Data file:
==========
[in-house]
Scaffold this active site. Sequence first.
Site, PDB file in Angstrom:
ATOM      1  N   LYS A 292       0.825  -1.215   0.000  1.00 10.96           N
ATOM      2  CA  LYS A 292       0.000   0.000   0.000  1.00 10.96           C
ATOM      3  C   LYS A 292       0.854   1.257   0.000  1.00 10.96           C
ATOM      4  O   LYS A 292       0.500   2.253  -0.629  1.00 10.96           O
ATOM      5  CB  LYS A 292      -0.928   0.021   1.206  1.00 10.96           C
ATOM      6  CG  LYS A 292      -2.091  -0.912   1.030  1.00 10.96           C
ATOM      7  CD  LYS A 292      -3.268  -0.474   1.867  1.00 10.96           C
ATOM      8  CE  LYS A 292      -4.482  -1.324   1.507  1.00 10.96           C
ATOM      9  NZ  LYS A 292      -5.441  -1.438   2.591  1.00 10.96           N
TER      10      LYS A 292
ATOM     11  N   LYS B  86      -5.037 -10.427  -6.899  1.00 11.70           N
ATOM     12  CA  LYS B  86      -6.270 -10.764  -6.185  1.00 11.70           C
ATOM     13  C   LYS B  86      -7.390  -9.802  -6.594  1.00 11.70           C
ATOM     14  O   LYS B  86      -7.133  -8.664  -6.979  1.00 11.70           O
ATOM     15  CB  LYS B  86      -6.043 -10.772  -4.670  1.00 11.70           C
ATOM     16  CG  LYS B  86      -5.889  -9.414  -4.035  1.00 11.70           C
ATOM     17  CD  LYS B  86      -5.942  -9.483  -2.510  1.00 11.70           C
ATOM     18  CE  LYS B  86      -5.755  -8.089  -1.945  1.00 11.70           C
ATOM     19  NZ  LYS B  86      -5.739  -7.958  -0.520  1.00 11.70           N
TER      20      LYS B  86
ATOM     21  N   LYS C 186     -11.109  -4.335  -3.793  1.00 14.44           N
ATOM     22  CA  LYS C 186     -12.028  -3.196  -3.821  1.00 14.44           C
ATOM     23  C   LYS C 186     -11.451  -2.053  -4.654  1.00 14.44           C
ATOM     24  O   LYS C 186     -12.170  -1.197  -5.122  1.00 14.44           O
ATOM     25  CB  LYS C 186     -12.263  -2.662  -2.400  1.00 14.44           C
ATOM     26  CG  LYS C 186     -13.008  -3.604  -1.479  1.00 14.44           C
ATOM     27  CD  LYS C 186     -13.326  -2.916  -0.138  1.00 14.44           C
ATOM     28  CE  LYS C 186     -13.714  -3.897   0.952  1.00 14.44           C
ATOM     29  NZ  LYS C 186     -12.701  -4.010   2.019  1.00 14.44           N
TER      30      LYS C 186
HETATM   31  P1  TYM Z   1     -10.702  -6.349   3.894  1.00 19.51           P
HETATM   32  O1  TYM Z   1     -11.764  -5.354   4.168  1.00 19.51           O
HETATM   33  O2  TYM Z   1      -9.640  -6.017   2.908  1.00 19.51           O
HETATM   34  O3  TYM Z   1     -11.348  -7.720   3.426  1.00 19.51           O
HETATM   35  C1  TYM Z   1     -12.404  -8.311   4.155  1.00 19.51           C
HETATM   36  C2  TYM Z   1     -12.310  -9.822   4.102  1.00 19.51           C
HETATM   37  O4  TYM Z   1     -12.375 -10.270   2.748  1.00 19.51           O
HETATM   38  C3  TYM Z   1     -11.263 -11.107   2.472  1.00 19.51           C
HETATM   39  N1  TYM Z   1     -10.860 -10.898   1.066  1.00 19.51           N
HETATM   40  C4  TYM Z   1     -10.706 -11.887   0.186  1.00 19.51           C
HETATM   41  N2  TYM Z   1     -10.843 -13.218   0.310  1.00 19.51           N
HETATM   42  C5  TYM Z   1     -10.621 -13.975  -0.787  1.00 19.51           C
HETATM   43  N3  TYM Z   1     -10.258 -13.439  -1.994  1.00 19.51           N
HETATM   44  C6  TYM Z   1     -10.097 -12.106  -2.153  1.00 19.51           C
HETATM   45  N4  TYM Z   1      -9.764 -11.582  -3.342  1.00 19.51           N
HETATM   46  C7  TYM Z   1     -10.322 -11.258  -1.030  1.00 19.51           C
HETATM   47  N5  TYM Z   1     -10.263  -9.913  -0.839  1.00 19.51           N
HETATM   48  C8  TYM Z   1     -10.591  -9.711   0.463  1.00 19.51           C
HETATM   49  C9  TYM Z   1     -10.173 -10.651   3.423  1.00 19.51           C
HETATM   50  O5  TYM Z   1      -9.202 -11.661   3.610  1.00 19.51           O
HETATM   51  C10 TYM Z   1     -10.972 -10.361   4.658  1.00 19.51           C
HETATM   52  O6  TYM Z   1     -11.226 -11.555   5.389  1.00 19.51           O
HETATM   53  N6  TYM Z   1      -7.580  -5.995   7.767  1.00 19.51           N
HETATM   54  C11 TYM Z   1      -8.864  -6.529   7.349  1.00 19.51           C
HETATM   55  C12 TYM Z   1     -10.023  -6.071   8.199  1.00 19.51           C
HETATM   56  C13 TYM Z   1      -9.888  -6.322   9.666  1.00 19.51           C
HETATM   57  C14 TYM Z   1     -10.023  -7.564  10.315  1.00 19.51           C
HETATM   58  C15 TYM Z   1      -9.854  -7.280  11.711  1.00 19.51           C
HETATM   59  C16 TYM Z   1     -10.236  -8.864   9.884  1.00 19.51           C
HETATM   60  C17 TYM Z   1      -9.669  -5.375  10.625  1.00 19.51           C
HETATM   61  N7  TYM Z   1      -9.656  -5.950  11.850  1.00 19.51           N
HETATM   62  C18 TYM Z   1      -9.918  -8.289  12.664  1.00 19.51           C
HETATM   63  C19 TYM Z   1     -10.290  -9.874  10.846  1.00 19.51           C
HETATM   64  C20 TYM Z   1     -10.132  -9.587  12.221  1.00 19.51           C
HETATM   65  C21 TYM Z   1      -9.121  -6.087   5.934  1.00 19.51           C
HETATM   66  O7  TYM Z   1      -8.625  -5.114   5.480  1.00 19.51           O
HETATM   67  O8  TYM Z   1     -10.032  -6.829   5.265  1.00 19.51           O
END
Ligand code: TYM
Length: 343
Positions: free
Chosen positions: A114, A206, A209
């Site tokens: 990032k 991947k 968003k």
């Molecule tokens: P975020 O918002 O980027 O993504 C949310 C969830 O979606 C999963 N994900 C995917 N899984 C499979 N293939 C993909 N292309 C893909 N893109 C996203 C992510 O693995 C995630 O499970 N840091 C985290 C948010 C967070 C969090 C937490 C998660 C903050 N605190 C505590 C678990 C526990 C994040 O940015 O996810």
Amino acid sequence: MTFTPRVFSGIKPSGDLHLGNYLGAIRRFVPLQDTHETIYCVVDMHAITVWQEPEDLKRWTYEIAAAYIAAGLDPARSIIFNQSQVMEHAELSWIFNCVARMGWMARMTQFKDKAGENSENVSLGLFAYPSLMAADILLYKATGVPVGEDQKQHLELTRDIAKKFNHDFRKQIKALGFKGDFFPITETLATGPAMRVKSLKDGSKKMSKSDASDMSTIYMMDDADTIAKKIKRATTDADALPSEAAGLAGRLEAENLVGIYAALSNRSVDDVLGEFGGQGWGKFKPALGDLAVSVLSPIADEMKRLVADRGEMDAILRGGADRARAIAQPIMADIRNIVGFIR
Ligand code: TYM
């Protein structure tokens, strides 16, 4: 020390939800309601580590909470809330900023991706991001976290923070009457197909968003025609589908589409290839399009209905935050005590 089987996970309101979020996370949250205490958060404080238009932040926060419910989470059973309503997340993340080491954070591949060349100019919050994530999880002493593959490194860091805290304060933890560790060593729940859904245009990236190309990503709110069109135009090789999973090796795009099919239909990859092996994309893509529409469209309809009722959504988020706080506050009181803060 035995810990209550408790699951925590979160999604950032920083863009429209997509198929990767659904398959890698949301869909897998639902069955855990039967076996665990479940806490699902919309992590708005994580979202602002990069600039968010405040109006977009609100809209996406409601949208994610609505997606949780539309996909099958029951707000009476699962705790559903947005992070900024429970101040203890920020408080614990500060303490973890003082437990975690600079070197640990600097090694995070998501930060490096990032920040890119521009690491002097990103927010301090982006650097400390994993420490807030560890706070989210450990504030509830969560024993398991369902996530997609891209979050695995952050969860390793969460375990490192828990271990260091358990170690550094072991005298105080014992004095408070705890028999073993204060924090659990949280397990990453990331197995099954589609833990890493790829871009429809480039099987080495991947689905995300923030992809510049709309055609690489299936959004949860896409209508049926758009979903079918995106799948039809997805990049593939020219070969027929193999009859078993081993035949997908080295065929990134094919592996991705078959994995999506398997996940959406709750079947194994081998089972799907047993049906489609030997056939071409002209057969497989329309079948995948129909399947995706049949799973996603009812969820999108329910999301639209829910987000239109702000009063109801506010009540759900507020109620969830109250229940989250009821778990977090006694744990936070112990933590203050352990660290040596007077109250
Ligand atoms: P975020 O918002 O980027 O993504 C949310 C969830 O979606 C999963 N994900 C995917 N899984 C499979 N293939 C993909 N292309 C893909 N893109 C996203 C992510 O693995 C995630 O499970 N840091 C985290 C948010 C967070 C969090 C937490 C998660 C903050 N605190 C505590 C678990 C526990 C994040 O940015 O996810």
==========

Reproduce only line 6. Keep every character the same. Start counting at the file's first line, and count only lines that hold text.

ATOM      3  C   LYS A 292       0.854   1.257   0.000  1.00 10.96           C